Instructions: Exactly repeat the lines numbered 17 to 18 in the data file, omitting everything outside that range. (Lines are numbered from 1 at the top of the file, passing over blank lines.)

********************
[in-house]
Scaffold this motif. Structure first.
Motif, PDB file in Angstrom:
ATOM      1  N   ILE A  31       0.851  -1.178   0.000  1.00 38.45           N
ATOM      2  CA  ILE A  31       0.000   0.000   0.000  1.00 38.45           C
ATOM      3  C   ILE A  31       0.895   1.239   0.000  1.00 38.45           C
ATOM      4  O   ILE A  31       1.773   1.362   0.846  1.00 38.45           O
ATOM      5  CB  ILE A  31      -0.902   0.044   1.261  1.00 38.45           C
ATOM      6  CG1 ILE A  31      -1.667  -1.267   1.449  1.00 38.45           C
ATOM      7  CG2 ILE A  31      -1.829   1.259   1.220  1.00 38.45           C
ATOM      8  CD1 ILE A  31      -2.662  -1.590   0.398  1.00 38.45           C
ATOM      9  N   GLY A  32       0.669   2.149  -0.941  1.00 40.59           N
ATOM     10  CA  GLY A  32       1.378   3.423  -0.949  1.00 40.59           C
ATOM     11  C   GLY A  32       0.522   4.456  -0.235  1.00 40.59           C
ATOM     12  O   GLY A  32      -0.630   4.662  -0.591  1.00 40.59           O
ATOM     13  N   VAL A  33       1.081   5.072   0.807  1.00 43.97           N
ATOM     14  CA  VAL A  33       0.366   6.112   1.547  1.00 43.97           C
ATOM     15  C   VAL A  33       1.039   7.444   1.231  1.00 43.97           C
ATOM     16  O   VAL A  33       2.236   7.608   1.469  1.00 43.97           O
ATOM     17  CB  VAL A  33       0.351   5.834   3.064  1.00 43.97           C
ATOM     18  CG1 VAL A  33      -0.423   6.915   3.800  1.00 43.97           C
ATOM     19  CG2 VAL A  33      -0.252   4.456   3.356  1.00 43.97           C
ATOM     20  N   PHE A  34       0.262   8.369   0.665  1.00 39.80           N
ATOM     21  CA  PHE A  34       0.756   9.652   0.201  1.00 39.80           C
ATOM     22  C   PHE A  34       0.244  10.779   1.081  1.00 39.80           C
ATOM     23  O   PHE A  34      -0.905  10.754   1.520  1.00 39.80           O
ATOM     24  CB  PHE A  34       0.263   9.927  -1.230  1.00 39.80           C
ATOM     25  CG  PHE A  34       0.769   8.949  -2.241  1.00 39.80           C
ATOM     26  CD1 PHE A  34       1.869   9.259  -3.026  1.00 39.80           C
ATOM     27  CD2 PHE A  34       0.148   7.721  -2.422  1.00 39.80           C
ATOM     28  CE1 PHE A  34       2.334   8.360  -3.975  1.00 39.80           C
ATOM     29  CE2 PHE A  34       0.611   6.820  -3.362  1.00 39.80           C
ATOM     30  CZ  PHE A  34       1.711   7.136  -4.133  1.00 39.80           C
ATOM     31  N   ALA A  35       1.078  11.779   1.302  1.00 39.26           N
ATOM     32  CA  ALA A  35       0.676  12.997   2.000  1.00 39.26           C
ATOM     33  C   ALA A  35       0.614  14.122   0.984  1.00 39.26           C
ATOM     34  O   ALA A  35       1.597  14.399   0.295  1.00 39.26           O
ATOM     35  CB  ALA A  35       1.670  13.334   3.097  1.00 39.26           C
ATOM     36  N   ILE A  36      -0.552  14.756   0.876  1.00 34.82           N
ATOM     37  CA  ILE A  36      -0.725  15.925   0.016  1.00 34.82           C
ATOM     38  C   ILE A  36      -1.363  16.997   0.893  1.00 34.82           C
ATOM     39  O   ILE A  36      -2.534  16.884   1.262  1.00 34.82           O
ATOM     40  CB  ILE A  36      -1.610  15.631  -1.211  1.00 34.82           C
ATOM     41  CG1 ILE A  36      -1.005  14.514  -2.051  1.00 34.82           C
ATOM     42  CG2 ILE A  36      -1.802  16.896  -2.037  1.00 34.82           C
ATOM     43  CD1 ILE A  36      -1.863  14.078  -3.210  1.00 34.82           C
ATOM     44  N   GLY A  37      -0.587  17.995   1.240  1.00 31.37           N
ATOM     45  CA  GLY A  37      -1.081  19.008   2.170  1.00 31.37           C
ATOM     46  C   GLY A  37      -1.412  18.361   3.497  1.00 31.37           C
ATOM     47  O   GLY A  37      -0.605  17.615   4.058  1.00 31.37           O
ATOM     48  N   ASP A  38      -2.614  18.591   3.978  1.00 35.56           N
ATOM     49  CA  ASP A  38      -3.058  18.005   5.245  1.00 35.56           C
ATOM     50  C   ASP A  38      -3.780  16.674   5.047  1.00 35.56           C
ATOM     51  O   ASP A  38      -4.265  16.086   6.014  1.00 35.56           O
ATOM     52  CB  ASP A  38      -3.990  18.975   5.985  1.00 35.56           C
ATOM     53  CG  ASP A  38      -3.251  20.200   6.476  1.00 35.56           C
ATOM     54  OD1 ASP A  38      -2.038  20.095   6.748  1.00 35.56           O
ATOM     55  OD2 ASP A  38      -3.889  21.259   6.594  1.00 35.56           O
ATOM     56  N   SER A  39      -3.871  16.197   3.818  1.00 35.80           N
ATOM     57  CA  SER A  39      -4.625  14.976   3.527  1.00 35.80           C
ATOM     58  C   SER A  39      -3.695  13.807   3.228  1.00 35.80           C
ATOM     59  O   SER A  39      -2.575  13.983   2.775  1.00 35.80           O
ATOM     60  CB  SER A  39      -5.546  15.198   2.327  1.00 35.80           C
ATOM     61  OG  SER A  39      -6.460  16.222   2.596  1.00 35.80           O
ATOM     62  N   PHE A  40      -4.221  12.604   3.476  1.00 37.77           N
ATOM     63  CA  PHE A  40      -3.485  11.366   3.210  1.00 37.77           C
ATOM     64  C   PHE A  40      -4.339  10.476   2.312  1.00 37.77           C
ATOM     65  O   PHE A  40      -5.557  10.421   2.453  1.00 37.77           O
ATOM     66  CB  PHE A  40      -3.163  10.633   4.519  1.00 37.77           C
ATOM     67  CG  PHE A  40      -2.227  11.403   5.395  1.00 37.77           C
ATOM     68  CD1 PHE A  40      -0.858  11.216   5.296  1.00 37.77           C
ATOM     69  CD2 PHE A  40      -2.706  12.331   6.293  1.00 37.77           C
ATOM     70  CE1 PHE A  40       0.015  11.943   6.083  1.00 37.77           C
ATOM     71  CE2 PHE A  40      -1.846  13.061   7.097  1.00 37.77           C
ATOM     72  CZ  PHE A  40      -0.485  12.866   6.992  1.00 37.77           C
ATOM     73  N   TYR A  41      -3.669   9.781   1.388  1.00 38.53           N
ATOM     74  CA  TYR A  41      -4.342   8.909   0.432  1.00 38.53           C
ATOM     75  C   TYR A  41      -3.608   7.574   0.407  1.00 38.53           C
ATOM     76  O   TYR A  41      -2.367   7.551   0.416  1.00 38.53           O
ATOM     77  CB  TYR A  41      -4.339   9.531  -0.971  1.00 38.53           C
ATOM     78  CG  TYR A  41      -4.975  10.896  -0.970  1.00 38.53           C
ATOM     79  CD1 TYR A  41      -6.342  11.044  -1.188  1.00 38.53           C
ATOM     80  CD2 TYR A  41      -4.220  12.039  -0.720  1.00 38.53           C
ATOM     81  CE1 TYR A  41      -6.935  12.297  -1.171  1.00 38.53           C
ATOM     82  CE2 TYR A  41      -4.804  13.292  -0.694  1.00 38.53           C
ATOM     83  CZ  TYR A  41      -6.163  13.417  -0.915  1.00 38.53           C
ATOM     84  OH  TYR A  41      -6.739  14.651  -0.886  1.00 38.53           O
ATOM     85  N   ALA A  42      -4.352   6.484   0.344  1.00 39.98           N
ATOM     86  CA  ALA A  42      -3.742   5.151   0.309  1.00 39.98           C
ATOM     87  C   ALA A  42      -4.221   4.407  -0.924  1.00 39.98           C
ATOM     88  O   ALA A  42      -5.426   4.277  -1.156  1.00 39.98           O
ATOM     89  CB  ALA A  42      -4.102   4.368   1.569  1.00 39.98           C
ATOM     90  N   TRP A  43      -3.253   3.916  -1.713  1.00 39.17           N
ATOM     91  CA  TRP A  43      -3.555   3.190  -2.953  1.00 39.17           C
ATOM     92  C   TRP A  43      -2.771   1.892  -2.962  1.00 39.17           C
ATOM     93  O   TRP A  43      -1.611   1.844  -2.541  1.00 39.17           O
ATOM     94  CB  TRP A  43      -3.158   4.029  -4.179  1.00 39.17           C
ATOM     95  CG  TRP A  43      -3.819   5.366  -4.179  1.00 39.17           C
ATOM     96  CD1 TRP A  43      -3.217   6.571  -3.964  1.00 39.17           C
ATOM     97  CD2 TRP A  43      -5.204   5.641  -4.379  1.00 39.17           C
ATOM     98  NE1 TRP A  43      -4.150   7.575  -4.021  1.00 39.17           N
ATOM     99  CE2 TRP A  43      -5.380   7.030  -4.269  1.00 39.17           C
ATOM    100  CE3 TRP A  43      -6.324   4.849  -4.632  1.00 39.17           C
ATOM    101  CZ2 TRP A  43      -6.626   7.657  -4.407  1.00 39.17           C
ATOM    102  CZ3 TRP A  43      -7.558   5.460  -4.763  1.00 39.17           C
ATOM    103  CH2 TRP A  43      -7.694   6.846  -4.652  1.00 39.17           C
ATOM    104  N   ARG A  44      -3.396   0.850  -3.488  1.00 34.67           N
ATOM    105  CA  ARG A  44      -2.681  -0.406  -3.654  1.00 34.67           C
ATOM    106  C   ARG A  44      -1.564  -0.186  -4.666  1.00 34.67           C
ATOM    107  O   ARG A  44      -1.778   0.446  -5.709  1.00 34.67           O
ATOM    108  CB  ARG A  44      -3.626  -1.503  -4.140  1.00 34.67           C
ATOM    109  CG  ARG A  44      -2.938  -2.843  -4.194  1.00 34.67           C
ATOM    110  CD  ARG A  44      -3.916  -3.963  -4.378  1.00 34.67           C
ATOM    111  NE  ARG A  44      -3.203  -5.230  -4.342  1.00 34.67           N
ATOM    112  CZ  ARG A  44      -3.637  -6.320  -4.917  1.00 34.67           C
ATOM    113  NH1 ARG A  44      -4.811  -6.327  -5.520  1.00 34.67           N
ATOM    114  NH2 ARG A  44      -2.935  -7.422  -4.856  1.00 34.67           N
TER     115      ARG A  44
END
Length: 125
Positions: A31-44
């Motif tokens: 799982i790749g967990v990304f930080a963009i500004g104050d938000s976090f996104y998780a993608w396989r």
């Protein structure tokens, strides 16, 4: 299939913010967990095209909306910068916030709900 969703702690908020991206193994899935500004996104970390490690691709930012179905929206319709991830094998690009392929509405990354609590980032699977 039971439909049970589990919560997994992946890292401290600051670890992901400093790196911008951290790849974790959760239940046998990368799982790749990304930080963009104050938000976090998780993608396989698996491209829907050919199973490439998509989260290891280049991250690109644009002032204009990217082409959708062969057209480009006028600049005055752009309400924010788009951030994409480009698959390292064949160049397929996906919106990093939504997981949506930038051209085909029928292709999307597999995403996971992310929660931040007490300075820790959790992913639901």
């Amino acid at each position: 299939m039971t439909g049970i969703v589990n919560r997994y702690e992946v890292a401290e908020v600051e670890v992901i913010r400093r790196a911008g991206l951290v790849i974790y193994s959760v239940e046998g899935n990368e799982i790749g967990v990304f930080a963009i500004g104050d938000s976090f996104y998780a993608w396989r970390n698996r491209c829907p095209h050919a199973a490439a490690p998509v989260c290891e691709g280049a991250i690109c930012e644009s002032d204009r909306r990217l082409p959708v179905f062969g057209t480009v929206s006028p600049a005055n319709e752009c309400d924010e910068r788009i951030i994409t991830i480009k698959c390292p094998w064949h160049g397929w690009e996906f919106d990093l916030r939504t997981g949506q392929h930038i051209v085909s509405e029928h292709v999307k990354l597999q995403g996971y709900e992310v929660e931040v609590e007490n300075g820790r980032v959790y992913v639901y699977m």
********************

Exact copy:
ATOM     14  CA  VAL A  33       0.366   6.112   1.547  1.00 43.97           C
ATOM     15  C   VAL A  33       1.039   7.444   1.231  1.00 43.97           C